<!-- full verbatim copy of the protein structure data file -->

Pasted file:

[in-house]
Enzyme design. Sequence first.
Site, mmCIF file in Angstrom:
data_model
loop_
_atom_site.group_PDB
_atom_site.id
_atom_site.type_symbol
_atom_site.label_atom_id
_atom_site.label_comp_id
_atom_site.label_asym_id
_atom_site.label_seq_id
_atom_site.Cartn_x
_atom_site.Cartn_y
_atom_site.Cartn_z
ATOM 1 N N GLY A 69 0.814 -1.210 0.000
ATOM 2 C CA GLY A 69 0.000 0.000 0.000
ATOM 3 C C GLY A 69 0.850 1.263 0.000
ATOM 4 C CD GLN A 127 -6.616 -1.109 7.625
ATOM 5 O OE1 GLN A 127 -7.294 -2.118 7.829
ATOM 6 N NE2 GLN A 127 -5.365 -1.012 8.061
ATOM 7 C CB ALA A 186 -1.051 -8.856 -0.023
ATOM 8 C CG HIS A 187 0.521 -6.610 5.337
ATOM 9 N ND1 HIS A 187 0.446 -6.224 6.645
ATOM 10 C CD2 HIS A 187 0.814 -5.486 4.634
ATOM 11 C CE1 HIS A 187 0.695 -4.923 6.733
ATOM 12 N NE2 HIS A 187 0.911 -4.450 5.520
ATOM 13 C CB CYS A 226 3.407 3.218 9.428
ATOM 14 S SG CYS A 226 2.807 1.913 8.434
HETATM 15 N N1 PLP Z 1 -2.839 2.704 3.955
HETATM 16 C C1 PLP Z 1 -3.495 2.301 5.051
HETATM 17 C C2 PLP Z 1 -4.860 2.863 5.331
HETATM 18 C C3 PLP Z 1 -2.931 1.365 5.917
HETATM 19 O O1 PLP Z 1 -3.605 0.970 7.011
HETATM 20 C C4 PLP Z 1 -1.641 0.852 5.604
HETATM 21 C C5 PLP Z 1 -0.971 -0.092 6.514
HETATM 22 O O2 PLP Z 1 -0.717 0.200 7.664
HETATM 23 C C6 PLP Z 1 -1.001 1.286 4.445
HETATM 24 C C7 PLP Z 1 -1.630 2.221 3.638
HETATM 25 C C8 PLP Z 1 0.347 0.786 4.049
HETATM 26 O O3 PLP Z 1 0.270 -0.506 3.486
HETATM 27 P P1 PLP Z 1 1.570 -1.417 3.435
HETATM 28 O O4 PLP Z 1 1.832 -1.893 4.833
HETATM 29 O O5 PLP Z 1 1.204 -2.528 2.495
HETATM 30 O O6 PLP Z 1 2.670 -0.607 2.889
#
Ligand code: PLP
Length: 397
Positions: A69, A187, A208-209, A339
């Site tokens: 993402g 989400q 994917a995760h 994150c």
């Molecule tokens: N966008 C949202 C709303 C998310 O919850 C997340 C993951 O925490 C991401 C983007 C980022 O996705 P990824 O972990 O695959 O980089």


[in-house]
Enzyme design. Sequence first.
Site, mmCIF file in Angstrom:
data_model
loop_
_atom_site.group_PDB
_atom_site.id
_atom_site.type_symbol
_atom_site.label_atom_id
_atom_site.label_comp_id
_atom_site.label_asym_id
_atom_site.label_seq_id
_atom_site.Cartn_x
_atom_site.Cartn_y
_atom_site.Cartn_z
ATOM 1 N N GLY A 69 0.814 -1.210 0.000
ATOM 2 C CA GLY A 69 0.000 0.000 0.000
ATOM 3 C C GLY A 69 0.850 1.263 0.000
ATOM 4 C CD GLN A 127 -6.616 -1.109 7.625
ATOM 5 O OE1 GLN A 127 -7.294 -2.118 7.829
ATOM 6 N NE2 GLN A 127 -5.365 -1.012 8.061
ATOM 7 C CB ALA A 186 -1.051 -8.856 -0.023
ATOM 8 C CG HIS A 187 0.521 -6.610 5.337
ATOM 9 N ND1 HIS A 187 0.446 -6.224 6.645
ATOM 10 C CD2 HIS A 187 0.814 -5.486 4.634
ATOM 11 C CE1 HIS A 187 0.695 -4.923 6.733
ATOM 12 N NE2 HIS A 187 0.911 -4.450 5.520
ATOM 13 C CB CYS A 226 3.407 3.218 9.428
ATOM 14 S SG CYS A 226 2.807 1.913 8.434
HETATM 15 N N1 PLP Z 1 -2.839 2.704 3.955
HETATM 16 C C1 PLP Z 1 -3.495 2.301 5.051
HETATM 17 C C2 PLP Z 1 -4.860 2.863 5.331
HETATM 18 C C3 PLP Z 1 -2.931 1.365 5.917
HETATM 19 O O1 PLP Z 1 -3.605 0.970 7.011
HETATM 20 C C4 PLP Z 1 -1.641 0.852 5.604
HETATM 21 C C5 PLP Z 1 -0.971 -0.092 6.514
HETATM 22 O O2 PLP Z 1 -0.717 0.200 7.664
HETATM 23 C C6 PLP Z 1 -1.001 1.286 4.445
HETATM 24 C C7 PLP Z 1 -1.630 2.221 3.638
HETATM 25 C C8 PLP Z 1 0.347 0.786 4.049
HETATM 26 O O3 PLP Z 1 0.270 -0.506 3.486
HETATM 27 P P1 PLP Z 1 1.570 -1.417 3.435
HETATM 28 O O4 PLP Z 1 1.832 -1.893 4.833
HETATM 29 O O5 PLP Z 1 1.204 -2.528 2.495
HETATM 30 O O6 PLP Z 1 2.670 -0.607 2.889
#
Ligand code: PLP
Length: 397
Positions: A69, A187, A208-209, A339
């Site tokens: 993402g 989400q 994917a995760h 994150c």
């Molecule tokens: N966008 C949202 C709303 C998310 O919850 C997340 C993951 O925490 C991401 C983007 C980022 O996705 P990824 O972990 O695959 O980089």